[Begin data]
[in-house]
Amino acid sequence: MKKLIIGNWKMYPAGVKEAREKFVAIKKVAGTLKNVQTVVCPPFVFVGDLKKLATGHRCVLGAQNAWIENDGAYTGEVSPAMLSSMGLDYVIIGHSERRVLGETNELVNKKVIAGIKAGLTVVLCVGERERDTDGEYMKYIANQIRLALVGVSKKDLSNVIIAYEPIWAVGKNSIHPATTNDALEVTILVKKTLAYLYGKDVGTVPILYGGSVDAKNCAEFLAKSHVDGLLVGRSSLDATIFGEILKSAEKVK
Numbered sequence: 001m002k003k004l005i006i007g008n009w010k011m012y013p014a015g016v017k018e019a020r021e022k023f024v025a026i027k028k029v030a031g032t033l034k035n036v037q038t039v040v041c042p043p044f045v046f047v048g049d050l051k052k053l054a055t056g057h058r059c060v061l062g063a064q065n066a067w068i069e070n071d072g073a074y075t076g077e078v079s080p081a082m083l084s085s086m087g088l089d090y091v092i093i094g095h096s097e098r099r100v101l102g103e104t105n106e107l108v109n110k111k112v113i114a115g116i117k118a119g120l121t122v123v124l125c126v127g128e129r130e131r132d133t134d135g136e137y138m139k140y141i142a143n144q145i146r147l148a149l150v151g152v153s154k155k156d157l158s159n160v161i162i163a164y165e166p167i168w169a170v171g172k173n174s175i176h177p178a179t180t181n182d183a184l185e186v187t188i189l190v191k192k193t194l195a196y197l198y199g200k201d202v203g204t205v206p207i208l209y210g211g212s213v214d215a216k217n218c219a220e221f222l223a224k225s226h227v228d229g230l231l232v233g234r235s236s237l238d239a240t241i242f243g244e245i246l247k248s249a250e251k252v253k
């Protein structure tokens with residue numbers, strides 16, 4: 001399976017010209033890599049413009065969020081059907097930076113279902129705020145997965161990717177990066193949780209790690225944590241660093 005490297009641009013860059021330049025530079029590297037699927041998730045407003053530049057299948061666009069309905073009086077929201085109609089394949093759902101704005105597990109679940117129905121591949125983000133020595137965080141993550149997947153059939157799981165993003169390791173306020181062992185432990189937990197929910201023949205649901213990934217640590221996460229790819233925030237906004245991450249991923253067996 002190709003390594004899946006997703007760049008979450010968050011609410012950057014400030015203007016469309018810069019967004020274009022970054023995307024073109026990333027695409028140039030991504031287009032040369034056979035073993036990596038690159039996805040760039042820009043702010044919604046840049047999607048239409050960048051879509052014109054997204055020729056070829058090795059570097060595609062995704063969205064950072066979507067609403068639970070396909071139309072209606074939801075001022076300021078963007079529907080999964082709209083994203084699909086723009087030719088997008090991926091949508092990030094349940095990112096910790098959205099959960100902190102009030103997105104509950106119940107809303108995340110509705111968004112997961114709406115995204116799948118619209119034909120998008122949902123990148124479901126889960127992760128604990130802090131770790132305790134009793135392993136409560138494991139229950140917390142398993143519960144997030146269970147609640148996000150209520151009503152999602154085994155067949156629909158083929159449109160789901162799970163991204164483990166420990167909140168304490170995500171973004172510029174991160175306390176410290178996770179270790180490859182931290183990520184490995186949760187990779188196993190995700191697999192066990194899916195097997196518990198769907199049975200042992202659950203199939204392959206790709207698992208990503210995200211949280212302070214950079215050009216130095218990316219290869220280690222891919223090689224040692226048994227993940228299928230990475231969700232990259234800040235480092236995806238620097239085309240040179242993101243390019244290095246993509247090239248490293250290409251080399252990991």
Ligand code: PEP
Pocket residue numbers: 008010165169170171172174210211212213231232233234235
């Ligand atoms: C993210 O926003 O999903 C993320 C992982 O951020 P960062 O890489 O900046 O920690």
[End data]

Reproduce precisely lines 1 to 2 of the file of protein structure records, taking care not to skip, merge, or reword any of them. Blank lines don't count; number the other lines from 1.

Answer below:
[in-house]
Amino acid sequence: MKKLIIGNWKMYPAGVKEAREKFVAIKKVAGTLKNVQTVVCPPFVFVGDLKKLATGHRCVLGAQNAWIENDGAYTGEVSPAMLSSMGLDYVIIGHSERRVLGETNELVNKKVIAGIKAGLTVVLCVGERERDTDGEYMKYIANQIRLALVGVSKKDLSNVIIAYEPIWAVGKNSIHPATTNDALEVTILVKKTLAYLYGKDVGTVPILYGGSVDAKNCAEFLAKSHVDGLLVGRSSLDATIFGEILKSAEKVK